Since my last review, life has changed, everyone’s life has changed, a hundredfold. My work moved online, but I still have it and am able to pay my bills. My family is well and the pantry, well-stocked. As an introvert, staying at home is the easiest thing our Canadian government could ask of me. Nevertheless, the changes to our society are cataclysmic and it is surreal and difficult to process what we’re living, especially as families lose loved ones. As someone who has readily lost herself in a book daily since I learned to read, I have, at best, read sporadically and listlessly, punctuated stabs at the Kindle with endlessly watching the news and scrolling through Twitter. I grappled with the idea of continuing with this review blog. Am I, like Nero, fiddling as Rome burns? In the end, I decided to forego the Nero metaphor and go with the Titanic musicians who continued to play as the ship went down until they went with it. I continue to teach poetry online and respond to my students’ writing. I check in with them for questions and discussion and I read and write reviews. I am neither a “front-line worker” nor possess any skills beyond the ones exercised here. I continue to do as my government asks of me (wash my hands, stay home, and social-distance) to ensure my family’s, friends’, colleagues’, and fellow citizens’ well-being and I offer these humble opinions to readers. I don’t know where the ship is headed, but we’re all on it and will go down with it … and we need to keep making whatever music we have in us.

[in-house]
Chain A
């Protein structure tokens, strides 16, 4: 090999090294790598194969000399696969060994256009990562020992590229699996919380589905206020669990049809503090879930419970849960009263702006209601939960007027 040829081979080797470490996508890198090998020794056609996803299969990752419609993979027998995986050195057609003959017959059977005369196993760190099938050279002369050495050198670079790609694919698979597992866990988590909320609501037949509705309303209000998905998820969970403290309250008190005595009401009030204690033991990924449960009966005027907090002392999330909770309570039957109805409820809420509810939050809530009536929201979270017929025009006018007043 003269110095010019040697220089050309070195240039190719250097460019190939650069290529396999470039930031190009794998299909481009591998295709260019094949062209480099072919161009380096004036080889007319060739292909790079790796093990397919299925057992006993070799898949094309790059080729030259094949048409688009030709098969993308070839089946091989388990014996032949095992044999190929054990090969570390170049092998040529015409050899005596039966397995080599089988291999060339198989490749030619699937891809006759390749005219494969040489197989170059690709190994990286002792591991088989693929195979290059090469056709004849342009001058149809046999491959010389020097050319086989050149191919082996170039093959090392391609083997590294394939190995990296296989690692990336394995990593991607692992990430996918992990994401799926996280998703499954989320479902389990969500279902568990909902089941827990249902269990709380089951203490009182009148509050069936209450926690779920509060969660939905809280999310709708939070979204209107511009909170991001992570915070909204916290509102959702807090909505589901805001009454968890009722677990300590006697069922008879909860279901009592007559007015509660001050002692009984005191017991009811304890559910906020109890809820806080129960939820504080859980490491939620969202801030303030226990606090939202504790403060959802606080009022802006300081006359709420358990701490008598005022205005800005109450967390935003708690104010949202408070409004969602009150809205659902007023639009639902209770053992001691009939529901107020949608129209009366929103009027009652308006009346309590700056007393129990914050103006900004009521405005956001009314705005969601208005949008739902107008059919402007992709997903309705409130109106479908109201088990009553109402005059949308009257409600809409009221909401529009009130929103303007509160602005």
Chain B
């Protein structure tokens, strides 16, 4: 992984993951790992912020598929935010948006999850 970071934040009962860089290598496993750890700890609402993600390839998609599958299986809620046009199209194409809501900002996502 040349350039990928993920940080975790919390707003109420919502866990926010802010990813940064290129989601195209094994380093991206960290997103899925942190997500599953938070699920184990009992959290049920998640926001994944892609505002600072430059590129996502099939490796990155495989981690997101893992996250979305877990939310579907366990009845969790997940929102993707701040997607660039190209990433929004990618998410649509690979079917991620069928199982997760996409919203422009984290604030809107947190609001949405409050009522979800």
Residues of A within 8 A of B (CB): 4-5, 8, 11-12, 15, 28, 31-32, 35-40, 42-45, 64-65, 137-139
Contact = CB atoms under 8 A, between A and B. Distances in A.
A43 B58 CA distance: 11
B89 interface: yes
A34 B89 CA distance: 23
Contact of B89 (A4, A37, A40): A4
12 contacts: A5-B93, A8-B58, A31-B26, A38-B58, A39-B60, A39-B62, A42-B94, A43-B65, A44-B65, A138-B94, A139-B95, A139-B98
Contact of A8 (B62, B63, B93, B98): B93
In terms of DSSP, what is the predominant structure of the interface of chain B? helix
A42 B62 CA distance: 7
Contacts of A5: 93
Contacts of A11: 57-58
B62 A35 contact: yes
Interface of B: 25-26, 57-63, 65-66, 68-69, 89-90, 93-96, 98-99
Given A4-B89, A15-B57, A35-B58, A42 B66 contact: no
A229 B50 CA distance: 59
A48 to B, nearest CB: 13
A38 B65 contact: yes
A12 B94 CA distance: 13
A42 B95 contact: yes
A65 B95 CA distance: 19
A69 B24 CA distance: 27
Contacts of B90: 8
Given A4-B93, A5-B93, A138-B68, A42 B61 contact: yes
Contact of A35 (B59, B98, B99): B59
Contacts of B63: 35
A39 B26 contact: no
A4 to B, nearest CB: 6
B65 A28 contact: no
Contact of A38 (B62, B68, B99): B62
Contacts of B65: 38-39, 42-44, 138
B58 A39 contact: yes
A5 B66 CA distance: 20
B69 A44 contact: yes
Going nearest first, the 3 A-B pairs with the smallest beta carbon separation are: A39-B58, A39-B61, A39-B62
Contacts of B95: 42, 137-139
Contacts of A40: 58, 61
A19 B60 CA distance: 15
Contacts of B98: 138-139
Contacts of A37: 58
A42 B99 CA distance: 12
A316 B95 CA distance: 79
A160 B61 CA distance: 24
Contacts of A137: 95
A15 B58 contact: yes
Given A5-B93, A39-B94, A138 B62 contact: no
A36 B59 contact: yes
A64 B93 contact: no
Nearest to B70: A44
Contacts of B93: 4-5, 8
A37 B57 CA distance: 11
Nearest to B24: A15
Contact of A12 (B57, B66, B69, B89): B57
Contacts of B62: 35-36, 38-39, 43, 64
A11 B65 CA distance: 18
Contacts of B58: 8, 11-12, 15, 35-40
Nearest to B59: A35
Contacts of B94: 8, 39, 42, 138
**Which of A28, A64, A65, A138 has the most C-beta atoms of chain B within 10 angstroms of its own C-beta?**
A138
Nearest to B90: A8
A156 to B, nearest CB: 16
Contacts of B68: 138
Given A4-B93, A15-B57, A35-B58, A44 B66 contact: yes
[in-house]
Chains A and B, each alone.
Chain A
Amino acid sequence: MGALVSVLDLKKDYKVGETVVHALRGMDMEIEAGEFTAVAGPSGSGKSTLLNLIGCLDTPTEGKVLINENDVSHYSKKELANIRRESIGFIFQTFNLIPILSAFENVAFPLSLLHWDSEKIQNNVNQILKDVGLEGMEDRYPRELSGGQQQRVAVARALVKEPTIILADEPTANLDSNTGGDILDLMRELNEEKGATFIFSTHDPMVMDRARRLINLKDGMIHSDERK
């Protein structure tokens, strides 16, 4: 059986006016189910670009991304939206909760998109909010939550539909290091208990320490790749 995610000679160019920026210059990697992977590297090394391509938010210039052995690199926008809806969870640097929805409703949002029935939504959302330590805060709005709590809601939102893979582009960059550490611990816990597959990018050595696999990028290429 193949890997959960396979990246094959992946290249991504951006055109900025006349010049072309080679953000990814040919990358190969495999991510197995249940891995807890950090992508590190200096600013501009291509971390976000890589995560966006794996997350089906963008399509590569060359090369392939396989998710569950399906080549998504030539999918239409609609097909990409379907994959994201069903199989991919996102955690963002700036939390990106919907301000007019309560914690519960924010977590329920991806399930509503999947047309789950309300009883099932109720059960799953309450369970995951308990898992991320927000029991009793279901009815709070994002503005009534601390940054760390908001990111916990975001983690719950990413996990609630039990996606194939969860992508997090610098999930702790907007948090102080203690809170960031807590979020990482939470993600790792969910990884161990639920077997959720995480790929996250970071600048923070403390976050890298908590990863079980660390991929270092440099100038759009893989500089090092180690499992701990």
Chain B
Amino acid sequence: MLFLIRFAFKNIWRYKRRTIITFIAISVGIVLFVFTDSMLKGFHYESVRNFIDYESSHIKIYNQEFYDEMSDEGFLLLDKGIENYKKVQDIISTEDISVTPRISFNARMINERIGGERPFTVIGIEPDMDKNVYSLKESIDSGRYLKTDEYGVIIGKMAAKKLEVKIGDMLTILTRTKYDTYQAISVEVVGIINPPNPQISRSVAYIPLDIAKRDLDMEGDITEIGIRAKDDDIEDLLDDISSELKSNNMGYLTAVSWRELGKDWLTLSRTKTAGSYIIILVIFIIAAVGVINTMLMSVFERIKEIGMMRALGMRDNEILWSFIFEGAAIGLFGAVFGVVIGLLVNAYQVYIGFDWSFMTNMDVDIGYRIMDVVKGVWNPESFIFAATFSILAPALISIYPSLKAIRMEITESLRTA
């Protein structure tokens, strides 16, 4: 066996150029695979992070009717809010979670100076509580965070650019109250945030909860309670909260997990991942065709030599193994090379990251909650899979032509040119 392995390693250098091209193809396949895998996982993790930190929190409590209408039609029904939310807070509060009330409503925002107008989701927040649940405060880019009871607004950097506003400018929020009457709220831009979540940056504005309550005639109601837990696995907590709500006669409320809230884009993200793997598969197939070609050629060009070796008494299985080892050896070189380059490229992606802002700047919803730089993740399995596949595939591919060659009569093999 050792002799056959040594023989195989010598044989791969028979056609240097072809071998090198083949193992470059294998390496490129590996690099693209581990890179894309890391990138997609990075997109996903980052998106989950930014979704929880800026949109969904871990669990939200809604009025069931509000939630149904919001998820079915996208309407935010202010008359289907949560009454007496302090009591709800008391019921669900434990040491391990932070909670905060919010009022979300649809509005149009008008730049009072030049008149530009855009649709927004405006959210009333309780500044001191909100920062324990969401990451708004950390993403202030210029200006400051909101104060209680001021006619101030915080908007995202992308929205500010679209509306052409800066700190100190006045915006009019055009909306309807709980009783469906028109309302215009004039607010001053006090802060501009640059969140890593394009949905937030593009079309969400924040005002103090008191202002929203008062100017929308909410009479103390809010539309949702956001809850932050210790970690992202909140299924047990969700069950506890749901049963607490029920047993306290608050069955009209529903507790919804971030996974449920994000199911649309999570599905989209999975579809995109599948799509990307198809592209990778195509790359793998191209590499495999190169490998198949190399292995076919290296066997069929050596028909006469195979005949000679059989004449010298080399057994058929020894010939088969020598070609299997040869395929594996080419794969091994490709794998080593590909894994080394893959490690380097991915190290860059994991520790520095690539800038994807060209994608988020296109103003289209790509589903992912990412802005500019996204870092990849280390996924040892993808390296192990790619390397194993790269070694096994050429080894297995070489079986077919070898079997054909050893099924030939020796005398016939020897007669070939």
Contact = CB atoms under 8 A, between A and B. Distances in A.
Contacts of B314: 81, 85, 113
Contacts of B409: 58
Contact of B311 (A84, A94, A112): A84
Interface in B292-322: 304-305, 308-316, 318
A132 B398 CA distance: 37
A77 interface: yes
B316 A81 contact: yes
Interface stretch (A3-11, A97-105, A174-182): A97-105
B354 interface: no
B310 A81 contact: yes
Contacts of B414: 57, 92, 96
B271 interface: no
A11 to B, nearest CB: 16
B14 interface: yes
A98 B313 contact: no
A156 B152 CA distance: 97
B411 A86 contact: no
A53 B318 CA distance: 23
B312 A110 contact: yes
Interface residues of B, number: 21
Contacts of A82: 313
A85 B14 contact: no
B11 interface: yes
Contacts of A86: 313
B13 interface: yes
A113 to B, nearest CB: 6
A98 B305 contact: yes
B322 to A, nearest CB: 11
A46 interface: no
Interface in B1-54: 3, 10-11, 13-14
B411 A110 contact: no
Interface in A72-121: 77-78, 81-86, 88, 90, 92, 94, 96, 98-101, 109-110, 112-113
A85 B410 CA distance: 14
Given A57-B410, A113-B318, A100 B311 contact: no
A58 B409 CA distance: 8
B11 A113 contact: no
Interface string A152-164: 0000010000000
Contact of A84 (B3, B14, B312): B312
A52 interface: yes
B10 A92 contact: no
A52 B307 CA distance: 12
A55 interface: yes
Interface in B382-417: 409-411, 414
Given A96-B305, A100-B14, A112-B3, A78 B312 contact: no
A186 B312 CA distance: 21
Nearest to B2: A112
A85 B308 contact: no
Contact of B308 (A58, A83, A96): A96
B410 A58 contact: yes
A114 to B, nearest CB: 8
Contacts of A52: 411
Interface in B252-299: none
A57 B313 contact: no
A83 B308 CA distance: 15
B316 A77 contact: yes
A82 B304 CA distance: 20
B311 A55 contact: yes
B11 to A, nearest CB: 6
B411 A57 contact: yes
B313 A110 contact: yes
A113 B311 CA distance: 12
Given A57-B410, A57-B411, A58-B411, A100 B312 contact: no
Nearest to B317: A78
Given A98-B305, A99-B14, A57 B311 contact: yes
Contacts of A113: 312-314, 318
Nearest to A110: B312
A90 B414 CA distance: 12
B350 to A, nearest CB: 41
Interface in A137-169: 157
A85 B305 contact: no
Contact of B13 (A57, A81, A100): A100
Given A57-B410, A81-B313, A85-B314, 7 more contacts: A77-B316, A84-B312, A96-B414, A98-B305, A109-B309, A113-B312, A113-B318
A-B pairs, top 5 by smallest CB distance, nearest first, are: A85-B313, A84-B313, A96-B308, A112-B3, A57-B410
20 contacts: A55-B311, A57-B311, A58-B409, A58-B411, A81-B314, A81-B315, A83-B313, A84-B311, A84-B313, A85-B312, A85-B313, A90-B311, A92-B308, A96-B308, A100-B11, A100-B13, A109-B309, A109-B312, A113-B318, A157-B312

For the past two weeks, I’ve been reading Ann Cleeves’s The Long Call, first in a new series, “Two Rivers.” It wasn’t lurid, or tense, or anxious; it was well-written, methodical in its movement towards revelations of truth and justice and, for the most part, with a few quibbles, I loved reading it … when I could immerse myself in it.
In North Devon, where two rivers meet, the Taw and Torridge, which then flows into the Atlantic, DI Matthew Venn watches his father’s funeral from afar. Matthew is a case of “you can’t go home again.” Rejected by the religious cult his parents belonged to, the Barum Brethren, Matthew is doubly “condemned”: by his rejection of the Brethren’s precepts and because of his sexual orientation. He lives nearby with his husband, Jonathan Church, but never interacted with his father, or still-living mother, not since he left and became a policeman. Not far from Andrew Venn’s laying-to-rest, a body washes up on the shore, Simon Walden’s body, a chef who volunteered at the Woodyard Centre, a community arts and education hub, where local parents send their Down’s syndrome grown children and which Matthew’s husband, Jonathan, manages. The dead man, Simon, sports an albatross tattoo on his neck, which makes his identification easy and obvious, sparing us the John Doe scenario and making brilliant allusion to Coleridge’s “Rime of the Ancient Mariner”. The novel focusses on Matthew and his team members, DS Jen Rafferty and Constable Ross May, as they unearth Simon’s story and bring his murderer to light. Into the mix, Cleeves throws the various characters who interacted with Simon and the visitors, students, employees, and volunteers of the Woodyard Centre, including Jonathan Church.